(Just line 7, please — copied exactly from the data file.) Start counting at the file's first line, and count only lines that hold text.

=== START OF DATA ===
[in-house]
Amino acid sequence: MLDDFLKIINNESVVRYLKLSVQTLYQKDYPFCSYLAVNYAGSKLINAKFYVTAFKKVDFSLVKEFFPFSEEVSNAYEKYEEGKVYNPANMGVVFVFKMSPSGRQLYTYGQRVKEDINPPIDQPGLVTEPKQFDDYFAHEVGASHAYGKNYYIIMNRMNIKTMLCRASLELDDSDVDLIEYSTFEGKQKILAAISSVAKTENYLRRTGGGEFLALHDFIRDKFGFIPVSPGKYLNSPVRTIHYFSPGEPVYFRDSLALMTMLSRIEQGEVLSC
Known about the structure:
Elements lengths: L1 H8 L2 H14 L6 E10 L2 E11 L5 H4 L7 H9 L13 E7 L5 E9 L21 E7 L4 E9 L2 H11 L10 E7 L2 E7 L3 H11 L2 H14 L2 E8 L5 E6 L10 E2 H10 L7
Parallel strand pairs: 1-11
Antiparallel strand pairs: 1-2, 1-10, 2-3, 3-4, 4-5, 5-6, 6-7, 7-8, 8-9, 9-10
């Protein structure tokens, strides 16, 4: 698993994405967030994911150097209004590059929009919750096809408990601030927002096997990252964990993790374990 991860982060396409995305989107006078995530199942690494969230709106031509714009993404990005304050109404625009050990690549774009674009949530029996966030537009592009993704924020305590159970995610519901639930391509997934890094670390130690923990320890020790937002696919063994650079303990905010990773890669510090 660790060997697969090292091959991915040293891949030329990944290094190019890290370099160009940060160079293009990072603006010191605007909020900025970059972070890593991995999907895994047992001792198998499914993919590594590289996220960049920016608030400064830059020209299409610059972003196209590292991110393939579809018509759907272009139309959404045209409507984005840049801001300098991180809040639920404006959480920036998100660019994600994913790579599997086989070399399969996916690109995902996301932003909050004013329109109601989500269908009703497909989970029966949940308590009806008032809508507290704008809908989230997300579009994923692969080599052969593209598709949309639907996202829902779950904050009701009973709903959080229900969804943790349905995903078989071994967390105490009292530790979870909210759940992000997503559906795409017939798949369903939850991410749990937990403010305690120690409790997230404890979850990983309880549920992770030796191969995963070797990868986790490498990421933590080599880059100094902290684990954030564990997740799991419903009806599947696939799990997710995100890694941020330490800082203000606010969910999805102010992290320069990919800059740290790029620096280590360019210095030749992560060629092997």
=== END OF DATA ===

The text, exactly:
């Protein structure tokens, strides 16, 4: 698993994405967030994911150097209004590059929009919750096809408990601030927002096997990252964990993790374990 991860982060396409995305989107006078995530199942690494969230709106031509714009993404990005304050109404625009050990690549774009674009949530029996966030537009592009993704924020305590159970995610519901639930391509997934890094670390130690923990320890020790937002696919063994650079303990905010990773890669510090 660790060997697969090292091959991915040293891949030329990944290094190019890290370099160009940060160079293009990072603006010191605007909020900025970059972070890593991995999907895994047992001792198998499914993919590594590289996220960049920016608030400064830059020209299409610059972003196209590292991110393939579809018509759907272009139309959404045209409507984005840049801001300098991180809040639920404006959480920036998100660019994600994913790579599997086989070399399969996916690109995902996301932003909050004013329109109601989500269908009703497909989970029966949940308590009806008032809508507290704008809908989230997300579009994923692969080599052969593209598709949309639907996202829902779950904050009701009973709903959080229900969804943790349905995903078989071994967390105490009292530790979870909210759940992000997503559906795409017939798949369903939850991410749990937990403010305690120690409790997230404890979850990983309880549920992770030796191969995963070797990868986790490498990421933590080599880059100094902290684990954030564990997740799991419903009806599947696939799990997710995100890694941020330490800082203000606010969910999805102010992290320069990919800059740290790029620096280590360019210095030749992560060629092997």